*For a non-vegetarian version ground beef (lightly browned) would work well in this recipe. I would add it after the beans have become tender as they take quite awhile to cook. And on that note make sure to simmer/boil the beans for at least half an hour- kidney beans contain phytotoxins that can cause gastric upset (think extreme wind breaking). Thouroughly cooking the beans destroys these toxins. Pre-soaking them with baking soda also helps.


  1. Soak beans at least overnight (24 hours is even better) in cold water with baking soda. Drain beans and rinse in several changes of water
  2. Grind cinnamon, cumin, allspice, oregano, peppercorns, thyme, cloves, nutmeg and Thai chilies (if using) into a fine powder in a spice grinder. Place in a bowl and mix in cocoa and chili powders. Set aside.
  3. Melt butter in the large pot over medium heat. Add onion and bay leaves and sauté until the onion softens and begins to caramelize.
  4. Crush garlic and add that to the pot. Sauté the garlic for 30 sec or until fragrant and beginning to turn golden. Do not brown/burn the garlic.
  5. Add raisins, tomatoes and ground spice mixture to the pot and simmer for 5-8 minutes, stirring frequently, until gravy is thick.
  6. Add beans, water to cover (and a little extra depending on how soupy you want this dish), a tsp of salt and the sugar.
  7. Bring to a boil, then lower heat and let simmer 40-60 min or until the beans are very tender. Mash a cup of the cooked beans into a fine paste and return them to the stew. Continue to simmer, uncovered for about 20 min until stew is very thick. Remove from heat, add salt to taste and then stir in the cilantro.
  8. To serve, spoon over rice, add a dollop of sour cream and mix thoroughly. Garnish with shredded cheese, jalapenos, green onions and a dusting of ground cumin, cinnamon, chipotle and some freshly cracked black pepper.


New additions

We’ve been very busy putting together our new selection of organic dry goods and exotic spices, herbs and teas!

Our Pantry area boasts a variety of hard-to-find flours and grains as well as gluten-free baking mixes, organic dried beans, rolled oats and whole wheat flour. Our shelves are packed with items such as:

  • Organic corn meal, garbanzo bean (chickpea) flour, flax seed, millet flour, sorghum flour, brown rice flour, whole wheat flour, rolled oats, bulgur wheat, red quinoa and amaranth
  • Unsweetened and unsulfered organic shredded coconut and non-alkalized organic cocoa powder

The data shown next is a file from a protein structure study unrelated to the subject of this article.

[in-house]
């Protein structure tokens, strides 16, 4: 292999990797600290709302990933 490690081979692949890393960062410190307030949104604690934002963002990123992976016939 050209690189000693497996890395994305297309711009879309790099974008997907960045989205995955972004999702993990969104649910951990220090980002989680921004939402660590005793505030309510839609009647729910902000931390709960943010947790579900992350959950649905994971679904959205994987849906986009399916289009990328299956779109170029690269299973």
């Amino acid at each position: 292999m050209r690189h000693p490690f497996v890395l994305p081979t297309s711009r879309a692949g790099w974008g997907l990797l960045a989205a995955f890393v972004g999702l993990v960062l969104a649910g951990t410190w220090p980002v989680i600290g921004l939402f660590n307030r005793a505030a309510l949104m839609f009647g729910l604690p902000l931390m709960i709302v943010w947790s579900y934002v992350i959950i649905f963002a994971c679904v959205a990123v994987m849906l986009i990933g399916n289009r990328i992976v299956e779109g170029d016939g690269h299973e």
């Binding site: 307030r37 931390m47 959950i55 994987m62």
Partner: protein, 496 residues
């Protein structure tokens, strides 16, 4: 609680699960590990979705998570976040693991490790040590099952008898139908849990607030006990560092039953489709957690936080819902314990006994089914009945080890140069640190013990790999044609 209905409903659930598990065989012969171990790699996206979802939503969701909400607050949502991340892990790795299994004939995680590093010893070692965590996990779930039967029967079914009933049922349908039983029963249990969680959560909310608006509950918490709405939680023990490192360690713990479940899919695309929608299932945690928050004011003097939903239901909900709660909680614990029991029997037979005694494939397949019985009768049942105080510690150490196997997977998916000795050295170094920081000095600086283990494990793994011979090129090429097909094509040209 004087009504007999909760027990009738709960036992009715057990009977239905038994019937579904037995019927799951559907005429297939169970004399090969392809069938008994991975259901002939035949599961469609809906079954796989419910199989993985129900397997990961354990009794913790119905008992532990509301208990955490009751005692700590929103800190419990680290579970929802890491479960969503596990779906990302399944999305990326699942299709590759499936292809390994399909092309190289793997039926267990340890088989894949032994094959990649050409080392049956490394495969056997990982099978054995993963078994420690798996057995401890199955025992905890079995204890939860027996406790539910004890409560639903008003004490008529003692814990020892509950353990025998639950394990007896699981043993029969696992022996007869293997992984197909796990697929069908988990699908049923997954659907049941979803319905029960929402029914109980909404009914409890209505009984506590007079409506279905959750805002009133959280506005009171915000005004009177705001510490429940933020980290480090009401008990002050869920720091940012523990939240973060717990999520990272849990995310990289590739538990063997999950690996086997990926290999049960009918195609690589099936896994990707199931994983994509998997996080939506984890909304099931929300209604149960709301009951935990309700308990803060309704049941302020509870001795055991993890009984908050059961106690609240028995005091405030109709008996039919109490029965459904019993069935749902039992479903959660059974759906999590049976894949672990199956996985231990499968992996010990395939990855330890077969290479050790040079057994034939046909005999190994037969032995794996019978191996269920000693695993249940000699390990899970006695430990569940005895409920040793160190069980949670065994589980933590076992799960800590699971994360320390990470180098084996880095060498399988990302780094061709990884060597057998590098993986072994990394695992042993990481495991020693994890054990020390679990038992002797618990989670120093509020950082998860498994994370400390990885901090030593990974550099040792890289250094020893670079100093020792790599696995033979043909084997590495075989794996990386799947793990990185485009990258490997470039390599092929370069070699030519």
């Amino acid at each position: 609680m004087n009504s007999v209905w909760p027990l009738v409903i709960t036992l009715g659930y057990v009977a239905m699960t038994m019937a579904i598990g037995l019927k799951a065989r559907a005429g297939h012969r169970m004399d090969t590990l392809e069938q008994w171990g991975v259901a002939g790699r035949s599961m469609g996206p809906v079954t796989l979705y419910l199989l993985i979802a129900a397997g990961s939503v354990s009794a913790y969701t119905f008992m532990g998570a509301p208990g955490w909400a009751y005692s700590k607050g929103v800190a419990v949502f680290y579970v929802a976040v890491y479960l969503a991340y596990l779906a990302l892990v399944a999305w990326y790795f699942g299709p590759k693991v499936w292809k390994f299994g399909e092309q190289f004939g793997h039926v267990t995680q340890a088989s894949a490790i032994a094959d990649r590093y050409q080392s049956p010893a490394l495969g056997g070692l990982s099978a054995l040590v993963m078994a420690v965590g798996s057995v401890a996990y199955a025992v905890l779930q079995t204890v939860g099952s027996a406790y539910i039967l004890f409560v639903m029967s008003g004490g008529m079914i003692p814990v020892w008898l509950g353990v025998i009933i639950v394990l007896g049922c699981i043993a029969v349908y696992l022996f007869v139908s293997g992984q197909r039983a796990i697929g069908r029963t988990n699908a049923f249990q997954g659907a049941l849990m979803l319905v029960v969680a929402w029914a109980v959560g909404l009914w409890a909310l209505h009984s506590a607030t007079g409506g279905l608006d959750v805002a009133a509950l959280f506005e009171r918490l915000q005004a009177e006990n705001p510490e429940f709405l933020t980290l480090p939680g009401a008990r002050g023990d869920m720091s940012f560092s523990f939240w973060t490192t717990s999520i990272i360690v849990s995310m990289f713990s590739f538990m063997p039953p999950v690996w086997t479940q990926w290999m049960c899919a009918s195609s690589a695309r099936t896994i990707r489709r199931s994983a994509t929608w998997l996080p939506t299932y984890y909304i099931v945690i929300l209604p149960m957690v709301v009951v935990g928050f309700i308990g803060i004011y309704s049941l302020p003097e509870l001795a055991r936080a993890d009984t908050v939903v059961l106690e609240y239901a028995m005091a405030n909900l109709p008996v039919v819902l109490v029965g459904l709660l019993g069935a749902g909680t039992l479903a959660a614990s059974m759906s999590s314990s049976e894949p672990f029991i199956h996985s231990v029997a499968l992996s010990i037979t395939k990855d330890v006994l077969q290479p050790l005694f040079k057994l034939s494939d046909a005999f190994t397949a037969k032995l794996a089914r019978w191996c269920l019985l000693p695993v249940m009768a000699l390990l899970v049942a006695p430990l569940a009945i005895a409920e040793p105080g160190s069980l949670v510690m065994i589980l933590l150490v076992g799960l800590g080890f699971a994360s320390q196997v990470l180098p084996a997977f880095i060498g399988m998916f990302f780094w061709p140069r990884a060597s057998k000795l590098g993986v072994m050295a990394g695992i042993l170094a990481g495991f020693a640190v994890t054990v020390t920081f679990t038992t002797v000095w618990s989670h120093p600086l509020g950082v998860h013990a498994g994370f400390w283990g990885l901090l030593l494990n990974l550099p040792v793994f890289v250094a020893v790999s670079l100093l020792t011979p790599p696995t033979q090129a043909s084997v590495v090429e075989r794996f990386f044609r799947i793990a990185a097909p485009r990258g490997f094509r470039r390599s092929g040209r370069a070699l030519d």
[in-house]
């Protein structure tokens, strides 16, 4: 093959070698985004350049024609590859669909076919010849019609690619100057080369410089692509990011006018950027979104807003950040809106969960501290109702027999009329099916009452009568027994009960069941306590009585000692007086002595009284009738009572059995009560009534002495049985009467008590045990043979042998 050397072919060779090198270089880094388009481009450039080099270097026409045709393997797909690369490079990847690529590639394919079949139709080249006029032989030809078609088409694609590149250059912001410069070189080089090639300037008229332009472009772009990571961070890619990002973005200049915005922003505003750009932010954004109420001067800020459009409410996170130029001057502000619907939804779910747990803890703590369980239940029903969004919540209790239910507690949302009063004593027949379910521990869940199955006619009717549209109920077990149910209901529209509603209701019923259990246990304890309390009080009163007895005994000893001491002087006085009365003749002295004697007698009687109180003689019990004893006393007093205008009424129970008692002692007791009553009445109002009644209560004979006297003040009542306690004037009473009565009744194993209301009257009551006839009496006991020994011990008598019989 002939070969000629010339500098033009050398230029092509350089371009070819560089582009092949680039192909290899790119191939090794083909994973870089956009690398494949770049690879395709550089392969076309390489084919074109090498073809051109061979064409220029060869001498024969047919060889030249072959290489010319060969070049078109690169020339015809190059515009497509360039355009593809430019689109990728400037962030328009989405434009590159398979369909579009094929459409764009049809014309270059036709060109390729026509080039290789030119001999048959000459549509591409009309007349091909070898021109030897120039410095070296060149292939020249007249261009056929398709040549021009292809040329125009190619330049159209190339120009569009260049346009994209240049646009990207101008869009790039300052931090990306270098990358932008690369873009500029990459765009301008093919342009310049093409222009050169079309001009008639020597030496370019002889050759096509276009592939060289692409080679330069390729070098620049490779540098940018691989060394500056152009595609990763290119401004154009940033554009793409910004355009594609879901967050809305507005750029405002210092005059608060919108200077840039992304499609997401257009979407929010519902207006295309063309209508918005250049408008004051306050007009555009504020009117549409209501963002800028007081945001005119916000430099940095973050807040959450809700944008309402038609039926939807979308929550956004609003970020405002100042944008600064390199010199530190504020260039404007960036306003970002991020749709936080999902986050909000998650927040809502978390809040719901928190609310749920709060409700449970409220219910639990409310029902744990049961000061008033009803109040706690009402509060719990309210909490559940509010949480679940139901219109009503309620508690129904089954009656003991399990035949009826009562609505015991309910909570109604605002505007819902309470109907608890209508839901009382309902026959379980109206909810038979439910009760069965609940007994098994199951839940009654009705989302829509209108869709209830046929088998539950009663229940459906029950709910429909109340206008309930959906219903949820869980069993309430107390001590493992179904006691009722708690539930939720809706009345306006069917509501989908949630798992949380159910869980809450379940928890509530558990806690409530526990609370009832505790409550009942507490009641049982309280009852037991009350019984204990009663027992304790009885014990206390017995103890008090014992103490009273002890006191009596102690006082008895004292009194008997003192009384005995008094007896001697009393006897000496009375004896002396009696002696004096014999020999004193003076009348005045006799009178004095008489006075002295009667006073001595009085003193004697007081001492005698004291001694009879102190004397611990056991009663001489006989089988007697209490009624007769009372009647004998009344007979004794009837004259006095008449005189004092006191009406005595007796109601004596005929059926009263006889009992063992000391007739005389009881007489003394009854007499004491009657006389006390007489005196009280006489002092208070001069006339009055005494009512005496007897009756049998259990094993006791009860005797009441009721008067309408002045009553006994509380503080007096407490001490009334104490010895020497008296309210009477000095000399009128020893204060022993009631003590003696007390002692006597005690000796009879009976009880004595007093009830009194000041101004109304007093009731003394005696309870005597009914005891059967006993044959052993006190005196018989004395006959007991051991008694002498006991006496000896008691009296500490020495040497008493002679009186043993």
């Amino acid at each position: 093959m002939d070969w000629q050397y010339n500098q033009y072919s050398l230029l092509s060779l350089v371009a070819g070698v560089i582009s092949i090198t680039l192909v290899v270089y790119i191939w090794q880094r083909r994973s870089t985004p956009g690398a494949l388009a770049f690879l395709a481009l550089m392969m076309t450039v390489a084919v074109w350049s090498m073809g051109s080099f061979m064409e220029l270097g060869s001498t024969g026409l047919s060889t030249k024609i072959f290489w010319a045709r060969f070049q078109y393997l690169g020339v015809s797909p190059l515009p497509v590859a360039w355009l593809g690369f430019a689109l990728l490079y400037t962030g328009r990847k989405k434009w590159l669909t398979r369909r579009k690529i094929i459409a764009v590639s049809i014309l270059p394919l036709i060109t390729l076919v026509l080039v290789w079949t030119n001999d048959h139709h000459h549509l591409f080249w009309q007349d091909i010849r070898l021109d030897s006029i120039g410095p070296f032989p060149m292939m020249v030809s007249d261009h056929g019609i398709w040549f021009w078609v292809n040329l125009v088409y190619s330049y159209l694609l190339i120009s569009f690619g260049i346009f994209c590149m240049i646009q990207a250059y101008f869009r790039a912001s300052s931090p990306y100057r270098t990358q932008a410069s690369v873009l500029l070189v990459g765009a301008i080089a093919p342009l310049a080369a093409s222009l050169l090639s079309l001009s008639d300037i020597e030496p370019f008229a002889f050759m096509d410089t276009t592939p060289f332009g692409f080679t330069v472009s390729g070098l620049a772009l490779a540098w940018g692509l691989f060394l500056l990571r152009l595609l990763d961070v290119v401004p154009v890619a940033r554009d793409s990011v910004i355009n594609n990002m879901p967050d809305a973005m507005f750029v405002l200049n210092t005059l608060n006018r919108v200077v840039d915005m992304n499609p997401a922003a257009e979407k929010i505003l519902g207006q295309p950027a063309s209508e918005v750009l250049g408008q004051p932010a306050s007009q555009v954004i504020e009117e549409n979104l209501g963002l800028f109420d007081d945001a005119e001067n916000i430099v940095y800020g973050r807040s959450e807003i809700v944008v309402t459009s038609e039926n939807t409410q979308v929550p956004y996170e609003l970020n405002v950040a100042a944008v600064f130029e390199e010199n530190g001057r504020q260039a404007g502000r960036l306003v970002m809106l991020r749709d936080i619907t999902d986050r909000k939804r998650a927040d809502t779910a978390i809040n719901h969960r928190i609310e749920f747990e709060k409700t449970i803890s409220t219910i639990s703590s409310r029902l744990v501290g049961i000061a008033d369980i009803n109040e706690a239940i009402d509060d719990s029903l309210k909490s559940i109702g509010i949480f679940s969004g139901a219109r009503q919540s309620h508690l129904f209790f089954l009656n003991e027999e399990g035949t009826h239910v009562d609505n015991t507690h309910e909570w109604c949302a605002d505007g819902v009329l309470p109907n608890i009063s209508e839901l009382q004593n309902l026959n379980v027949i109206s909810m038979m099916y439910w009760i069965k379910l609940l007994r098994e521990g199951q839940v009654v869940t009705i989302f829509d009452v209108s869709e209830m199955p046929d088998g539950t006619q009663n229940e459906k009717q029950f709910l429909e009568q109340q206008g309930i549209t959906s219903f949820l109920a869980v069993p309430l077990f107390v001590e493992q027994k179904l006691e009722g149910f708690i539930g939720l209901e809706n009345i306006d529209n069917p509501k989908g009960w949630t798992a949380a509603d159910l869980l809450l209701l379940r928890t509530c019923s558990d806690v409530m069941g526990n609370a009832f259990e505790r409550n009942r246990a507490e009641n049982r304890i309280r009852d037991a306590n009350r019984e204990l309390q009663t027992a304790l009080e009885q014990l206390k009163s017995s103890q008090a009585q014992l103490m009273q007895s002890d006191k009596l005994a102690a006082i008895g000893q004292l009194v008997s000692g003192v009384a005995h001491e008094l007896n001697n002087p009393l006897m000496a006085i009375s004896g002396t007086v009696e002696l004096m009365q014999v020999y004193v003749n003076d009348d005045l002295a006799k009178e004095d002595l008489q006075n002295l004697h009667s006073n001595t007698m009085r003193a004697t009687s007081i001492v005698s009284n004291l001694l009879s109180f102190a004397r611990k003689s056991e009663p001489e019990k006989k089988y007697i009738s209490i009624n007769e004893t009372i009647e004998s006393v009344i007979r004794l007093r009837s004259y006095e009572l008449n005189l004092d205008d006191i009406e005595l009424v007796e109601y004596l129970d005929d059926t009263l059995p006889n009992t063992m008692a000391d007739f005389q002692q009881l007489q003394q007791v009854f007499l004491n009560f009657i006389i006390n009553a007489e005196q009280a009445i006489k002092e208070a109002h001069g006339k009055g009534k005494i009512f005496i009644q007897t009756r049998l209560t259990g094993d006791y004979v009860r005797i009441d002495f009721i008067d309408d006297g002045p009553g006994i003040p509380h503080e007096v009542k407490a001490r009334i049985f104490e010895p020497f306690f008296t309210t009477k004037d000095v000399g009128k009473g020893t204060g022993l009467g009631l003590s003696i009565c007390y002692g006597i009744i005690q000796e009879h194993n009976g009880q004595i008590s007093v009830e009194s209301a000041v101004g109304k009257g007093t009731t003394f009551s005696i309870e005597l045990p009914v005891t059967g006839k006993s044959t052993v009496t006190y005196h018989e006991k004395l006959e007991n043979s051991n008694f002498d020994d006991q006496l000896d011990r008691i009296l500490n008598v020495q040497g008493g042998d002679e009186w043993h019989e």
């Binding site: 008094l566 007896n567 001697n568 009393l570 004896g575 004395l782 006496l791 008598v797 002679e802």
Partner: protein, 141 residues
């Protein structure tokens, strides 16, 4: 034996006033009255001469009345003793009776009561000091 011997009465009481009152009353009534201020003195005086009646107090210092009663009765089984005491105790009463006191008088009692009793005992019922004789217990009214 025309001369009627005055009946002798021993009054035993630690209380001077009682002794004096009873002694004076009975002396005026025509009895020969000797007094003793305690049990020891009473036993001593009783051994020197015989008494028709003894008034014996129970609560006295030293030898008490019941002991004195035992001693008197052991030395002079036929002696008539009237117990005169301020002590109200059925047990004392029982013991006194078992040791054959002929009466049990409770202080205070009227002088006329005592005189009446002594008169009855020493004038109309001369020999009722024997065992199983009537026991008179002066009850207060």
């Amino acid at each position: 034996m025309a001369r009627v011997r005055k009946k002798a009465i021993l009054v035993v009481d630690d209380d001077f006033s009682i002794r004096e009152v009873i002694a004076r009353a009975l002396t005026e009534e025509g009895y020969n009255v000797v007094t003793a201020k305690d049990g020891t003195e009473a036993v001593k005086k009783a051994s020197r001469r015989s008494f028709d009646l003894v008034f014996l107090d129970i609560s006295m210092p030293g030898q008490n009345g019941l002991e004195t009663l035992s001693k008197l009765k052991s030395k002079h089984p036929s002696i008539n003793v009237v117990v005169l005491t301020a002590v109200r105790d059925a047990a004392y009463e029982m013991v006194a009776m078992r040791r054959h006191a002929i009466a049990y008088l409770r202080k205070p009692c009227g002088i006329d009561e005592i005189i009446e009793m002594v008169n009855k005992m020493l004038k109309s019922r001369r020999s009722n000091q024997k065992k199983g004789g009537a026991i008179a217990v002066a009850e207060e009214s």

• Organic dried black beans, Fava (broad) beans, dark red kidney beans, mung beans, navy beans and pinto beans
  • Non-GMO chickpeas and yellow split peas (chana dal)
  • Sun-dried tomatoes, dried porcini and dried portabella mushrooms
  • Arrowroot starch and gluten-free baking mixes
  • Pot pie squares and Israeli-style (pearl) couscous

The fridge is packed with dried fruit and nuts including preservative-free dates, sun-dried Turkish apricots and California walnuts. We store them in the fridge to keep them very fresh.

And we now have a spice and herb library!

We’ve amassed quite a collection of exotic spices and herbs you can’t find nearby, with everything from aniseed to turmeric, whole green cardamom, black cardamom, ceylon cinnamon, fenugreek seed, kasoori methi, Nigella, tej patta and dadag phool (black stoneflower). And our selection will be expanding in the near future.

Most of these are organic and very high quality, very fresh and very fragrant.

We also have a variety of dried herbs and flowers like German chamomile, lemongrass, hibiscus and pink rosebuds which are excellent in tea and powerful enough to be used in potpourri. The rosebuds are great in spice blends like garam masala and ras el hanout to.

And in the freezer we have whole turmeric root, galanga (galangal) root, whole Thai chilies, lemongrass stalks and makrut (kaffir) lime leaves.

We’ve also expanded our selection of gourmet oils and vinegars to include organic canola and sesame oil and Chinese black vinegar. We also have a few international items like coconut milk from Thailand, tahini (sesame) paste, tamarind paste and Chinese cooking wine.

Visit us soon and check out all of our new inventory! We’ll be holding an Open House on August 18–details to follow.

Fresh out of the kiln 5/03/18

My first batch of pottery made with brown stoneware clay have finally been glazed and fired-

For this batch I applied an underglaze of Amaco’s Satin-Matte White and top coated that with their Satin-Matte Clear Glaze. Upon firing the white and clear glazes melded beautifully creating a creamy, grayish-white hue. The underlying khaki color of the brown stoneware clay really gives a wonderful depth to the finish. My favorites from this batch are these vaguely sea sponge-like luminaries which all miraculously survived.

Unfortunately only one of the bivalve-shaped napkin holders survived, and it shrank so much I think it works better as a sponge holder. The pieces I specifically intended to be sponge holders turned out nicely though.